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15th Headies to hold in US, draws nominees from 16 african countries as Nigeria’s Wizkid tops list

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Hip Hop World Magazine, organizers of the “Headies” Award have announced nominations for the 15th edition of the award.

The nominations were announced in a statement on Tuesday. The 2022 edition of the award ceremony is scheduled to hold on September 4, 2022, this time outside the regular host country (Nigeria) at the Cobbs Energy Performing Center, in Atlanta, USA.

Afrobeats star, Wizkid leads the nomination this year with 10 nominations; followed by a tie between first-time nominee, Ayra Starr and returning 2021 ‘Next Rated’ nominee, Tems, with eight nominations.

The Headies also upgraded the prize for the most coveted “Next Rated” category. The winner this year will coast home with the 2022 Bently Bentiaga. Strongly contending for this prize in 2022, are Mavin’s ‘19 & Dangerous sweetheart’ – Ayra Starr; BNXN formerly named Buju; Lojay; Ruger and the Marlian signee, Zinoleesky.

DMW’s Davido follows with seven nominations, alongside former YBNL signee, Adekunle Gold. YBNL Record Label Boss and Pop singer, Olamide, his prodigy Fireboy, and Brymo follow with six nominations.

Ladipoe, Lojay, and BNXN all bag five nominations. Closely followed by Vector, Sarz, A-Q and Blaqbonez who all have four nominations each.

This year’s award has increased the number of Award categories from 26 to 35 categories with 118 nominees in total and 27 of these nominees coming from other parts of Africa like Benin Republic, Tanzania, Rwanda, DR Congo, Cameroon, Carpe Verde, Kenya, Egypt, Tunisia, Morocco, Algeria, South Africa, Mali, Mozambique, Sao Tome & Principe, and Ghana.

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First ever African Fashion exhibition debuts in the UK Saturday

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The first ever African Fashion exhibition which has been touted to be UK’s most extensive exhibition of African fashion artistry is set to debut in London on Saturday, July 2, according to the show organisers.

The epoch making African Fashion event which is aimed at showcasing designers from the black continent, as well as exoose Africa’s diverse heritage and cultures, which will open at London’s prestigious Victoria and Albert (V&A) Museum, is also the country’s first exhibition dedicated to the medium.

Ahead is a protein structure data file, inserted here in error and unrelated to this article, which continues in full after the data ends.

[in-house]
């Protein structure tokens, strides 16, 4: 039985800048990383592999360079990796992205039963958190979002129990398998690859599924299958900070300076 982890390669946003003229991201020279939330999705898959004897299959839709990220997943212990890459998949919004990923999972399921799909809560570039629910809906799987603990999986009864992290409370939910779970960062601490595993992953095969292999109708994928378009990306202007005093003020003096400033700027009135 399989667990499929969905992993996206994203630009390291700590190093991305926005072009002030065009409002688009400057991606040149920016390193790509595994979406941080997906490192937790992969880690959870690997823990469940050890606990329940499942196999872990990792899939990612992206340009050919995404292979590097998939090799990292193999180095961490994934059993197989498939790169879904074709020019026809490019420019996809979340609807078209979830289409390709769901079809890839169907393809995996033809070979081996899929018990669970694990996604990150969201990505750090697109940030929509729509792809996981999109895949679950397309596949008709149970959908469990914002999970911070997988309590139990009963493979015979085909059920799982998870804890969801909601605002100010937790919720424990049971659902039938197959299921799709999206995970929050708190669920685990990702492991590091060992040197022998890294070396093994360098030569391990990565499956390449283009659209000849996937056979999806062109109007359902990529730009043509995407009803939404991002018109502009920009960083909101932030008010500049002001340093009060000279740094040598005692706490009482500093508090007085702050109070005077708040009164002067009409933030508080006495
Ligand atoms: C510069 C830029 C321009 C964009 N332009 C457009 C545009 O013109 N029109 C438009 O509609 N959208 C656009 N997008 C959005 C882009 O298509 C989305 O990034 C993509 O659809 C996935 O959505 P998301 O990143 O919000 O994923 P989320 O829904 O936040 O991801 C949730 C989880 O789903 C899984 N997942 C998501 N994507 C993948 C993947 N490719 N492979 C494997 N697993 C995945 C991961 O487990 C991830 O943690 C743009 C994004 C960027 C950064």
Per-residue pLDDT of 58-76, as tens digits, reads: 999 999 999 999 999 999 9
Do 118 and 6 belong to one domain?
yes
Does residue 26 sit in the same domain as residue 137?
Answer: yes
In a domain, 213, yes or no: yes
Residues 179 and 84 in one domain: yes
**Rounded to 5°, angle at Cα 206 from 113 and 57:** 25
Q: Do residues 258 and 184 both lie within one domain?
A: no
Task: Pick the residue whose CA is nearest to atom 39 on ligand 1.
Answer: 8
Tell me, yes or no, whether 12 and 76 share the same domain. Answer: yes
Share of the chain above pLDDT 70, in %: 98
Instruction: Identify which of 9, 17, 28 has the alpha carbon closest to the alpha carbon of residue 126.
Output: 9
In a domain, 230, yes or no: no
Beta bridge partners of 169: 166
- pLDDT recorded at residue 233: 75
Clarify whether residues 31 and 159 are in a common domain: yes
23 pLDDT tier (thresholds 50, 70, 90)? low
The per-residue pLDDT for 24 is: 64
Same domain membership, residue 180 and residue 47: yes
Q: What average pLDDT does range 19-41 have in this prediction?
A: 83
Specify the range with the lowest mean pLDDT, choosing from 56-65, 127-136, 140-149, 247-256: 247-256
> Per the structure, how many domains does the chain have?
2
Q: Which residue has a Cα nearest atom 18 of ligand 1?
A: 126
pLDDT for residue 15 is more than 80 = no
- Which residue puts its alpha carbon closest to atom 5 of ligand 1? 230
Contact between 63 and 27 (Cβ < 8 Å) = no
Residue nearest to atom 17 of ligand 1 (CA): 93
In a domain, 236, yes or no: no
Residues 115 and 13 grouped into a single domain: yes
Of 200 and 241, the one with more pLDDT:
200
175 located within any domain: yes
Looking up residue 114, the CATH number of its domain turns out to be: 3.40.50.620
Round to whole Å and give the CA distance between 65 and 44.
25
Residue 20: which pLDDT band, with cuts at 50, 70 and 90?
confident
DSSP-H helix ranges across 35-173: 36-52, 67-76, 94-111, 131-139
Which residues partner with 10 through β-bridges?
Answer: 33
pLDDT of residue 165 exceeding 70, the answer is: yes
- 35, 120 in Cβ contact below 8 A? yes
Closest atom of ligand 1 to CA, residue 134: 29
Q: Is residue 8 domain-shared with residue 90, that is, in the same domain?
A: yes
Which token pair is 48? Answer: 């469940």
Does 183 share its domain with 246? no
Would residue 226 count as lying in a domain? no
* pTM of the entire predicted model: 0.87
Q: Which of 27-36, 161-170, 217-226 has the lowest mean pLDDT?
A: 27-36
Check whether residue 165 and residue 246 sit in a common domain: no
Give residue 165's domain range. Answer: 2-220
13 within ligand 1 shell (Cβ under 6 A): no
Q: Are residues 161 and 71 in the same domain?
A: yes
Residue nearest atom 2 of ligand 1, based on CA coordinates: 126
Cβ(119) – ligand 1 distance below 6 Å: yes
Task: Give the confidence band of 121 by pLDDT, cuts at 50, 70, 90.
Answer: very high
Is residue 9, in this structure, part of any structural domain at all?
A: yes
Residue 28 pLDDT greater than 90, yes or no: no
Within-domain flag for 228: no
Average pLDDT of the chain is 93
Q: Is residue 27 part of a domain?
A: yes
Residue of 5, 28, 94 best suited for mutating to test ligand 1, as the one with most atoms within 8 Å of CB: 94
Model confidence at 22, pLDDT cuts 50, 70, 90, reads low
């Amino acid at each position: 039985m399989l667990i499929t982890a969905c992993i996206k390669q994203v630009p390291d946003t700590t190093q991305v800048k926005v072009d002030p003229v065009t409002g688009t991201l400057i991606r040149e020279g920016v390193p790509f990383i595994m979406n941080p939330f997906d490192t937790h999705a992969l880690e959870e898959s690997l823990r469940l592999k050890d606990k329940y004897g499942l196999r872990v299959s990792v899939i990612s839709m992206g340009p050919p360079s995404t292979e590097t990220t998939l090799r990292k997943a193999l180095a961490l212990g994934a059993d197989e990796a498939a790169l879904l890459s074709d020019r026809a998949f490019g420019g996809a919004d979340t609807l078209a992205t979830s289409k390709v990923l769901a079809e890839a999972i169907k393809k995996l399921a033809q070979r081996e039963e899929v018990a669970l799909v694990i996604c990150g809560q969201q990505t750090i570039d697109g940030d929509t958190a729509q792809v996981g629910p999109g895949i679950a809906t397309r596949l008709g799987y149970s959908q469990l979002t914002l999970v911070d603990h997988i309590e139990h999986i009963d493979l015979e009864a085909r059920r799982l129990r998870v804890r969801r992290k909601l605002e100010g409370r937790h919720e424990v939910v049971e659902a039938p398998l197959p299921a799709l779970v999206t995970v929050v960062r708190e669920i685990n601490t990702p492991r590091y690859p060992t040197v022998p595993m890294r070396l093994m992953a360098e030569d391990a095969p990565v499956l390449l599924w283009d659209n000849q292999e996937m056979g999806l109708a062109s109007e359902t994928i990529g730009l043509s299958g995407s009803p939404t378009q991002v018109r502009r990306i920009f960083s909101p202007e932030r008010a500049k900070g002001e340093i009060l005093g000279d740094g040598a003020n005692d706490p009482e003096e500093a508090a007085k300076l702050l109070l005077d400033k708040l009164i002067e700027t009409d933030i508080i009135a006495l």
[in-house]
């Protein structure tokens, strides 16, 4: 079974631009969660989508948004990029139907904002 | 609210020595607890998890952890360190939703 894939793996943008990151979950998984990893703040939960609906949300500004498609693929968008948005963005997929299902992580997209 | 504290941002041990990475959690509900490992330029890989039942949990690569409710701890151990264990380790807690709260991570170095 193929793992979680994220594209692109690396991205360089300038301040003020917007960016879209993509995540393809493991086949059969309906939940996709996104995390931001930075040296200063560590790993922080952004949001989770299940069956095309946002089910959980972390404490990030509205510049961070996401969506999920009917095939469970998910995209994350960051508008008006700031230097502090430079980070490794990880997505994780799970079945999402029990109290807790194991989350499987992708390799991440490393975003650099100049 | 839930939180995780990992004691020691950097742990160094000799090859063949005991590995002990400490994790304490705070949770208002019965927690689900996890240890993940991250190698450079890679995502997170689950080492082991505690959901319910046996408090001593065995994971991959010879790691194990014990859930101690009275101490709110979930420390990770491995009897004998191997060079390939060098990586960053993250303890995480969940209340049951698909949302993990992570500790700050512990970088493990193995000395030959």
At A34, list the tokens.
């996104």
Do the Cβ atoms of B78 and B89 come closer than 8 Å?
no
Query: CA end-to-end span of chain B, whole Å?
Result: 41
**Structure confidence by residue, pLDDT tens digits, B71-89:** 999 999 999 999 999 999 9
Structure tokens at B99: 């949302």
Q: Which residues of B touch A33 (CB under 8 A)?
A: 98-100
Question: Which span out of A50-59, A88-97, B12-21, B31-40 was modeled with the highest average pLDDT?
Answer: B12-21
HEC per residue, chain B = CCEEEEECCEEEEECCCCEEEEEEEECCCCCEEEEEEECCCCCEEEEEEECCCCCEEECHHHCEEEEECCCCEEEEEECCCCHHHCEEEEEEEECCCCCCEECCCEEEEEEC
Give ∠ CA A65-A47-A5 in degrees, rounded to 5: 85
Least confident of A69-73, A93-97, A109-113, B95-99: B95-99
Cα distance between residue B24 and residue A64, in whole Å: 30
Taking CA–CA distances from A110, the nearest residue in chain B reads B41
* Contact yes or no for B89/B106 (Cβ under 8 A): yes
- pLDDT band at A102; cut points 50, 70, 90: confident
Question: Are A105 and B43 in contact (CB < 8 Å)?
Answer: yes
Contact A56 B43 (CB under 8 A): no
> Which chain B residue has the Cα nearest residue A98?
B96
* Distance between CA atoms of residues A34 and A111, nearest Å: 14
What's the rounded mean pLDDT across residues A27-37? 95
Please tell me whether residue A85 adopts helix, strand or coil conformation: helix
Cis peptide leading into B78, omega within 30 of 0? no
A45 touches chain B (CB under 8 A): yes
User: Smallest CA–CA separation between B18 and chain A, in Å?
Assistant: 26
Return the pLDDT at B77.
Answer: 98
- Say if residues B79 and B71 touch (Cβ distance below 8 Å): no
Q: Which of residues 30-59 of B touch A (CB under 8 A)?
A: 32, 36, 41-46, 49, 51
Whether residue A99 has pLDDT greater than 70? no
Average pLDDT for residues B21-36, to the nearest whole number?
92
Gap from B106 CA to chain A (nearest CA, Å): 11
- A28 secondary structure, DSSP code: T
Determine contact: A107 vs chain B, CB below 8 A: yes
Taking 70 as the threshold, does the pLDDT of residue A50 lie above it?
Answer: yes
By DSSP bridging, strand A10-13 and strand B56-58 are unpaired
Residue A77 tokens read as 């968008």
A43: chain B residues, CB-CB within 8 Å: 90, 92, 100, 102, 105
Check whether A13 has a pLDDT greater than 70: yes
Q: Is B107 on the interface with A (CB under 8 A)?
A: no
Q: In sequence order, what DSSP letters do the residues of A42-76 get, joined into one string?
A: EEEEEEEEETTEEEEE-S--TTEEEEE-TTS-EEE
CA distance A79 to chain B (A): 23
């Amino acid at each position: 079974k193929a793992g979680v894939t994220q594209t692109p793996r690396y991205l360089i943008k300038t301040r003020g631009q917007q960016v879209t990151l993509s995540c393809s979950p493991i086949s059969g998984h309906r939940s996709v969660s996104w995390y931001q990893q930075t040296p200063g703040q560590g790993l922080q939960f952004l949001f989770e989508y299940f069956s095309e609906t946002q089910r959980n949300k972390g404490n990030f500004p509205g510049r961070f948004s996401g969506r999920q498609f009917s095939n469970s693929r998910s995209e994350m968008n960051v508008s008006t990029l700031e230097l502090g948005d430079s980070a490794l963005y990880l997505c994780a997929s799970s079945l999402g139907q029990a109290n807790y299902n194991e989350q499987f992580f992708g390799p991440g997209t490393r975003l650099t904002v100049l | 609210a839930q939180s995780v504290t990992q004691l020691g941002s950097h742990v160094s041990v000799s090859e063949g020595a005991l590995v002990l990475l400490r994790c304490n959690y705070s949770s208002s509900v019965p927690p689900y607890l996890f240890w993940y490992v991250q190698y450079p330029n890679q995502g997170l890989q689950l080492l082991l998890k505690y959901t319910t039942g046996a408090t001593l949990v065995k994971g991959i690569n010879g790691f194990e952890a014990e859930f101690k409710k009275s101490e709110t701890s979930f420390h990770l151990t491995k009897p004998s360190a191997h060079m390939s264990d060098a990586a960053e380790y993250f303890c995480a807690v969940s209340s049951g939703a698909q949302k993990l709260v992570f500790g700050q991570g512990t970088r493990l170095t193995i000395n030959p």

Apart from the fashion show, there will also be an exhibition are African objects, sketches, photos and film from across the continent, starting from the African liberation years in the 1950s to 1980s to up-and-coming contemporary designers, according to the event organizers.

The project curator, Elisabeth Murray, in a statement, said the scene is set with a section on “African Cultural Renaissance”, highlighting protest posters and literature from independence movements that developed in conjunction with fashion.

“The Vanguard is the central attraction, displaying iconic works by well-known African designers including Niger’s Alphadi, Nigeria’s Shade Thomas-Fahm and Kofi Ansah of Ghana.

“Over 250 objects are on display for the African Fashion exhibition, with approximately half of these drawn from the museum’s collection, including 70 new acquisitions.

“Many of the garments on show are from the personal archives of a selection of iconic mid-twentieth century African designers with one of the highlight being the centre-piece made by Moroccan fashion designer Artsi Ifrach, called “A Dialogue Between Cultures” which was Inspired by the British trench coat and headscarf,” Murray said.

“The conversations and collaborations that have shaped the making of the Africa Fashion exhibition are a testbed for new equitable ways of working together that allow us to imagine and call into being the V&A of the future,” she added.

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Germany to return prized artefacts stolen from Africa during colonial rule

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The German government has agreed to return prized artefacts stolen from Aftican countries, particularly from Cameroon, Namibia and Tanzania, during the colonial times over 120 years ago, the Prussian Cultural Heritage Foundation, said in a statement on Tuesday.

The priceless artefacts which were looted by the German colonial government officials during the colonial era will be permanently returned to their original countries, the Foundation officials said.

The Berlin-based Heritage Foundation which manages museums based in the German capital said it had entered into negotiations on the returns of artefacts to their countries of origin.

According to the Heritage Foundation, some of the artefacts to be returned are a shell-studded statue of a mother goddess named Ngonnso, which holds “great spiritual significance for the Nso’ people of northwest Cameroon.”

The statue, according to the Foundation, has been part of the collection of Berlin’s Ethnological Museum since 1903, after a German colonial officer who had taken it by force from the Nso tribe ‘donated’ it to the government.

The board also approved the permanent return of 23 artefacts including jewellery, tools and fashion items, to Namibia, the statement noted.

The artefacts which were stolen from Namibia during the colonial period from 1884 to 1919, were sent to the southern African country in May for research purposes and will now remain there.

The statement further said the Foundation’s President, Hermann Parzinger, has also been authorised to sign an agreement on the return of objects Germany looted from Tanzania during the Maji Maji Rebellion and other conflicts during its early 20th-century colonial rule.

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